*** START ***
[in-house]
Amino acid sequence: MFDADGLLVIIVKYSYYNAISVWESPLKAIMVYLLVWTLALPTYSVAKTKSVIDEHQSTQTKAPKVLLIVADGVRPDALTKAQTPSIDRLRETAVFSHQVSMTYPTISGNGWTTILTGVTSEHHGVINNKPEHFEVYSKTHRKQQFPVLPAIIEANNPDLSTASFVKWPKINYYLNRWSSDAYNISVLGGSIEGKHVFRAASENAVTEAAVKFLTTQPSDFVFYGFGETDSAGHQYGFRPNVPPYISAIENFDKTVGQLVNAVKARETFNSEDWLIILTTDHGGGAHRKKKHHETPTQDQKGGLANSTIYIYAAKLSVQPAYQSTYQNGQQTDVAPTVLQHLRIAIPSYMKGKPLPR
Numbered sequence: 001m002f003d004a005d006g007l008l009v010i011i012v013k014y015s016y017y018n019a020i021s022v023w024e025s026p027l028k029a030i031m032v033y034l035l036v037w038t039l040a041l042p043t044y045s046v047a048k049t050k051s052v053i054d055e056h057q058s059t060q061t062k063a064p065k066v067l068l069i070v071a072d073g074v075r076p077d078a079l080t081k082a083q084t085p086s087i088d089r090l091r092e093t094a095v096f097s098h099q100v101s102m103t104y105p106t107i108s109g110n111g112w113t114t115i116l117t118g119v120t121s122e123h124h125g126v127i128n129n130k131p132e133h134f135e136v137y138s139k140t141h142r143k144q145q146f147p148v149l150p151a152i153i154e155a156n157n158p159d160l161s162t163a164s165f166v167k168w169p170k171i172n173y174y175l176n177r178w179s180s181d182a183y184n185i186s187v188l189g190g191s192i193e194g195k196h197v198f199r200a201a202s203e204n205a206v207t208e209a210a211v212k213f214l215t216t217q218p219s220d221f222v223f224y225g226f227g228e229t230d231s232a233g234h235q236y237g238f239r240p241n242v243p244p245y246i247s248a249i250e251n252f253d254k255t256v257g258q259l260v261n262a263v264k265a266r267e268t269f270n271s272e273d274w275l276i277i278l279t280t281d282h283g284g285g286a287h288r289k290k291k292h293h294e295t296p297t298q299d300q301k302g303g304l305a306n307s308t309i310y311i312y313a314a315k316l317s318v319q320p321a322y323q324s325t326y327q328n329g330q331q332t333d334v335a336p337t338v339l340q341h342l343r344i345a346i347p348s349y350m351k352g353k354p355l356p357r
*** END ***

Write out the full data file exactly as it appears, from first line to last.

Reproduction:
[in-house]
Amino acid sequence: MFDADGLLVIIVKYSYYNAISVWESPLKAIMVYLLVWTLALPTYSVAKTKSVIDEHQSTQTKAPKVLLIVADGVRPDALTKAQTPSIDRLRETAVFSHQVSMTYPTISGNGWTTILTGVTSEHHGVINNKPEHFEVYSKTHRKQQFPVLPAIIEANNPDLSTASFVKWPKINYYLNRWSSDAYNISVLGGSIEGKHVFRAASENAVTEAAVKFLTTQPSDFVFYGFGETDSAGHQYGFRPNVPPYISAIENFDKTVGQLVNAVKARETFNSEDWLIILTTDHGGGAHRKKKHHETPTQDQKGGLANSTIYIYAAKLSVQPAYQSTYQNGQQTDVAPTVLQHLRIAIPSYMKGKPLPR
Numbered sequence: 001m002f003d004a005d006g007l008l009v010i011i012v013k014y015s016y017y018n019a020i021s022v023w024e025s026p027l028k029a030i031m032v033y034l035l036v037w038t039l040a041l042p043t044y045s046v047a048k049t050k051s052v053i054d055e056h057q058s059t060q061t062k063a064p065k066v067l068l069i070v071a072d073g074v075r076p077d078a079l080t081k082a083q084t085p086s087i088d089r090l091r092e093t094a095v096f097s098h099q100v101s102m103t104y105p106t107i108s109g110n111g112w113t114t115i116l117t118g119v120t121s122e123h124h125g126v127i128n129n130k131p132e133h134f135e136v137y138s139k140t141h142r143k144q145q146f147p148v149l150p151a152i153i154e155a156n157n158p159d160l161s162t163a164s165f166v167k168w169p170k171i172n173y174y175l176n177r178w179s180s181d182a183y184n185i186s187v188l189g190g191s192i193e194g195k196h197v198f199r200a201a202s203e204n205a206v207t208e209a210a211v212k213f214l215t216t217q218p219s220d221f222v223f224y225g226f227g228e229t230d231s232a233g234h235q236y237g238f239r240p241n242v243p244p245y246i247s248a249i250e251n252f253d254k255t256v257g258q259l260v261n262a263v264k265a266r267e268t269f270n271s272e273d274w275l276i277i278l279t280t281d282h283g284g285g286a287h288r289k290k291k292h293h294e295t296p297t298q299d300q301k302g303g304l305a306n307s308t309i310y311i312y313a314a315k316l317s318v319q320p321a322y323q324s325t326y327q328n329g330q331q332t333d334v335a336p337t338v339l340q341h342l343r344i345a346i347p348s349y350m351k352g353k354p355l356p357r